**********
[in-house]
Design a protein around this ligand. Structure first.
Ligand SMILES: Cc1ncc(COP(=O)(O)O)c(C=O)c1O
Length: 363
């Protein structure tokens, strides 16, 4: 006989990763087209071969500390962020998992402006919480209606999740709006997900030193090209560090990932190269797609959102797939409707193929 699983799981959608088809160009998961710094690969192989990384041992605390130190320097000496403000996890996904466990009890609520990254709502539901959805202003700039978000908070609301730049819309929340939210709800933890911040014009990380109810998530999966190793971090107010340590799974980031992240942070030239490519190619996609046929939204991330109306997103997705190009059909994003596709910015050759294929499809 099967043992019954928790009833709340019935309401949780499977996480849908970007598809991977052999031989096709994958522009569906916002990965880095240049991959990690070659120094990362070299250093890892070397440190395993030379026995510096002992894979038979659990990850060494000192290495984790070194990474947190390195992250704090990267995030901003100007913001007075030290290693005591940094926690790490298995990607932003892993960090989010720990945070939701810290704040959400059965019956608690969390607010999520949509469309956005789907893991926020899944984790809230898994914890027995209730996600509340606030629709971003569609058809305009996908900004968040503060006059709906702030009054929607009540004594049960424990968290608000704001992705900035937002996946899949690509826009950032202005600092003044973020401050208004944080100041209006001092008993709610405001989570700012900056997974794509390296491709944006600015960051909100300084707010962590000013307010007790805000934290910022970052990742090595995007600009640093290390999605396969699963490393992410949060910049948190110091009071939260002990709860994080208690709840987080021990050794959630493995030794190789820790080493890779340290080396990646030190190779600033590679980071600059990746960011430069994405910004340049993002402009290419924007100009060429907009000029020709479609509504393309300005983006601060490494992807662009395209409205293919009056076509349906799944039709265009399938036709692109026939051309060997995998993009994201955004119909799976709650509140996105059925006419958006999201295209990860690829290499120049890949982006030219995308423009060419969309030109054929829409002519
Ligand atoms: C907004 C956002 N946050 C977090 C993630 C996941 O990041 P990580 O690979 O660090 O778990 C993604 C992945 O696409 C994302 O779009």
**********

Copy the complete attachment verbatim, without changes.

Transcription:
[in-house]
Design a protein around this ligand. Structure first.
Ligand SMILES: Cc1ncc(COP(=O)(O)O)c(C=O)c1O
Length: 363
């Protein structure tokens, strides 16, 4: 006989990763087209071969500390962020998992402006919480209606999740709006997900030193090209560090990932190269797609959102797939409707193929 699983799981959608088809160009998961710094690969192989990384041992605390130190320097000496403000996890996904466990009890609520990254709502539901959805202003700039978000908070609301730049819309929340939210709800933890911040014009990380109810998530999966190793971090107010340590799974980031992240942070030239490519190619996609046929939204991330109306997103997705190009059909994003596709910015050759294929499809 099967043992019954928790009833709340019935309401949780499977996480849908970007598809991977052999031989096709994958522009569906916002990965880095240049991959990690070659120094990362070299250093890892070397440190395993030379026995510096002992894979038979659990990850060494000192290495984790070194990474947190390195992250704090990267995030901003100007913001007075030290290693005591940094926690790490298995990607932003892993960090989010720990945070939701810290704040959400059965019956608690969390607010999520949509469309956005789907893991926020899944984790809230898994914890027995209730996600509340606030629709971003569609058809305009996908900004968040503060006059709906702030009054929607009540004594049960424990968290608000704001992705900035937002996946899949690509826009950032202005600092003044973020401050208004944080100041209006001092008993709610405001989570700012900056997974794509390296491709944006600015960051909100300084707010962590000013307010007790805000934290910022970052990742090595995007600009640093290390999605396969699963490393992410949060910049948190110091009071939260002990709860994080208690709840987080021990050794959630493995030794190789820790080493890779340290080396990646030190190779600033590679980071600059990746960011430069994405910004340049993002402009290419924007100009060429907009000029020709479609509504393309300005983006601060490494992807662009395209409205293919009056076509349906799944039709265009399938036709692109026939051309060997995998993009994201955004119909799976709650509140996105059925006419958006999201295209990860690829290499120049890949982006030219995308423009060419969309030109054929829409002519
Ligand atoms: C907004 C956002 N946050 C977090 C993630 C996941 O990041 P990580 O690979 O660090 O778990 C993604 C992945 O696409 C994302 O779009």